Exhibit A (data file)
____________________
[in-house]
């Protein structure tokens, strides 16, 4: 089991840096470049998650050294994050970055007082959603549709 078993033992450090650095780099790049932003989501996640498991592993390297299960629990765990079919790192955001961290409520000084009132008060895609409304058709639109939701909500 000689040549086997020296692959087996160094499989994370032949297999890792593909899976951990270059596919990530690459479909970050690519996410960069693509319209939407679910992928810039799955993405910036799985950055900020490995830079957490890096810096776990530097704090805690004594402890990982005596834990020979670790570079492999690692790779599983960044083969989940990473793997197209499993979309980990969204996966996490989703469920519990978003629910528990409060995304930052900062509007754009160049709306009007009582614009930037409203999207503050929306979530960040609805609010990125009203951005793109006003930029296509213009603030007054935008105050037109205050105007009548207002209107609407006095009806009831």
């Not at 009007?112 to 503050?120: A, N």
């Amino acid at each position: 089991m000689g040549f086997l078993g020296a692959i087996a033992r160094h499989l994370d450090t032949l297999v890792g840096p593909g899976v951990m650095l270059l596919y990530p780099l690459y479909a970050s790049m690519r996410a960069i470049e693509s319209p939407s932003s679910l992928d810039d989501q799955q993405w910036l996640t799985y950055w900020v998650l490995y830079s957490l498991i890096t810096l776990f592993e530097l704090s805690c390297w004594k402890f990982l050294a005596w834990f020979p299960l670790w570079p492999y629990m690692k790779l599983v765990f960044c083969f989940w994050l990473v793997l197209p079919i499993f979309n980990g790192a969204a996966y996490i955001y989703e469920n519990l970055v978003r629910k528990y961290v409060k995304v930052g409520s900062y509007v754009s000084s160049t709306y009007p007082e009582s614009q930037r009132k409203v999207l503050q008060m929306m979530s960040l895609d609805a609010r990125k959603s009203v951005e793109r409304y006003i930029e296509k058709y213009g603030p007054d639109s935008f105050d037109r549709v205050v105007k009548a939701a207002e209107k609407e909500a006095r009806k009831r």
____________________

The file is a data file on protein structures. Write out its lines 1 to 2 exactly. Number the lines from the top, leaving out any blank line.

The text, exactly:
[in-house]
């Protein structure tokens, strides 16, 4: 089991840096470049998650050294994050970055007082959603549709 078993033992450090650095780099790049932003989501996640498991592993390297299960629990765990079919790192955001961290409520000084009132008060895609409304058709639109939701909500 000689040549086997020296692959087996160094499989994370032949297999890792593909899976951990270059596919990530690459479909970050690519996410960069693509319209939407679910992928810039799955993405910036799985950055900020490995830079957490890096810096776990530097704090805690004594402890990982005596834990020979670790570079492999690692790779599983960044083969989940990473793997197209499993979309980990969204996966996490989703469920519990978003629910528990409060995304930052900062509007754009160049709306009007009582614009930037409203999207503050929306979530960040609805609010990125009203951005793109006003930029296509213009603030007054935008105050037109205050105007009548207002209107609407006095009806009831």